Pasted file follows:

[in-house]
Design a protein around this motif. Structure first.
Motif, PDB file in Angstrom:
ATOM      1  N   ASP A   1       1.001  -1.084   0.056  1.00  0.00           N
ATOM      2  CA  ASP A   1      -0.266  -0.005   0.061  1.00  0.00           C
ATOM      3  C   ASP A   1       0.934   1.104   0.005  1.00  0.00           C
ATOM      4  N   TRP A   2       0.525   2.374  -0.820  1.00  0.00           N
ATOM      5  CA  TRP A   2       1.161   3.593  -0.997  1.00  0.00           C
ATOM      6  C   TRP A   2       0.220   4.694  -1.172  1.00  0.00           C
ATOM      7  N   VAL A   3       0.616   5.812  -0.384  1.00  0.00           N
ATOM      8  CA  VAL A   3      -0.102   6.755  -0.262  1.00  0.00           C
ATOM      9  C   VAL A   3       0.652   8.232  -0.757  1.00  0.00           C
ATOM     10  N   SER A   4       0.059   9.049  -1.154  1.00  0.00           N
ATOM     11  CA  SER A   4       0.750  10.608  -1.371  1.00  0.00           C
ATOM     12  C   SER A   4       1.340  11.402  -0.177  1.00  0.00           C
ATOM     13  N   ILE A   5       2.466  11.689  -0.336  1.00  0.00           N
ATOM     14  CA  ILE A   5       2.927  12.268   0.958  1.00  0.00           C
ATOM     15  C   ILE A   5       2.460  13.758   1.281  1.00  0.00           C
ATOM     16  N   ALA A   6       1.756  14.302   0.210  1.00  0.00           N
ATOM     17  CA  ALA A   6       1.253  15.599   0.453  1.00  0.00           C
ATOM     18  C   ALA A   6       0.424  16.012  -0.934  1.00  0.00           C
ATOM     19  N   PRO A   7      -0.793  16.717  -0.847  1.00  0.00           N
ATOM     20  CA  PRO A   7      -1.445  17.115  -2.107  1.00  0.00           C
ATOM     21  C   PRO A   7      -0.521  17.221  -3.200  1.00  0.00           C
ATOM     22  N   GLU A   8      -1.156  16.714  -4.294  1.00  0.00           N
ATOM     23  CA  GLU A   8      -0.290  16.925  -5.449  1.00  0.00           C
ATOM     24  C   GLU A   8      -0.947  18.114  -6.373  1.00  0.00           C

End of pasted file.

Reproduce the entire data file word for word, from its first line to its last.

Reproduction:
[in-house]
Design a protein around this motif. Structure first.
Motif, PDB file in Angstrom:
ATOM      1  N   ASP A   1       1.001  -1.084   0.056  1.00  0.00           N
ATOM      2  CA  ASP A   1      -0.266  -0.005   0.061  1.00  0.00           C
ATOM      3  C   ASP A   1       0.934   1.104   0.005  1.00  0.00           C
ATOM      4  N   TRP A   2       0.525   2.374  -0.820  1.00  0.00           N
ATOM      5  CA  TRP A   2       1.161   3.593  -0.997  1.00  0.00           C
ATOM      6  C   TRP A   2       0.220   4.694  -1.172  1.00  0.00           C
ATOM      7  N   VAL A   3       0.616   5.812  -0.384  1.00  0.00           N
ATOM      8  CA  VAL A   3      -0.102   6.755  -0.262  1.00  0.00           C
ATOM      9  C   VAL A   3       0.652   8.232  -0.757  1.00  0.00           C
ATOM     10  N   SER A   4       0.059   9.049  -1.154  1.00  0.00           N
ATOM     11  CA  SER A   4       0.750  10.608  -1.371  1.00  0.00           C
ATOM     12  C   SER A   4       1.340  11.402  -0.177  1.00  0.00           C
ATOM     13  N   ILE A   5       2.466  11.689  -0.336  1.00  0.00           N
ATOM     14  CA  ILE A   5       2.927  12.268   0.958  1.00  0.00           C
ATOM     15  C   ILE A   5       2.460  13.758   1.281  1.00  0.00           C
ATOM     16  N   ALA A   6       1.756  14.302   0.210  1.00  0.00           N
ATOM     17  CA  ALA A   6       1.253  15.599   0.453  1.00  0.00           C
ATOM     18  C   ALA A   6       0.424  16.012  -0.934  1.00  0.00           C
ATOM     19  N   PRO A   7      -0.793  16.717  -0.847  1.00  0.00           N
ATOM     20  CA  PRO A   7      -1.445  17.115  -2.107  1.00  0.00           C
ATOM     21  C   PRO A   7      -0.521  17.221  -3.200  1.00  0.00           C
ATOM     22  N   GLU A   8      -1.156  16.714  -4.294  1.00  0.00           N
ATOM     23  CA  GLU A   8      -0.290  16.925  -5.449  1.00  0.00           C
ATOM     24  C   GLU A   8      -0.947  18.114  -6.373  1.00  0.00           C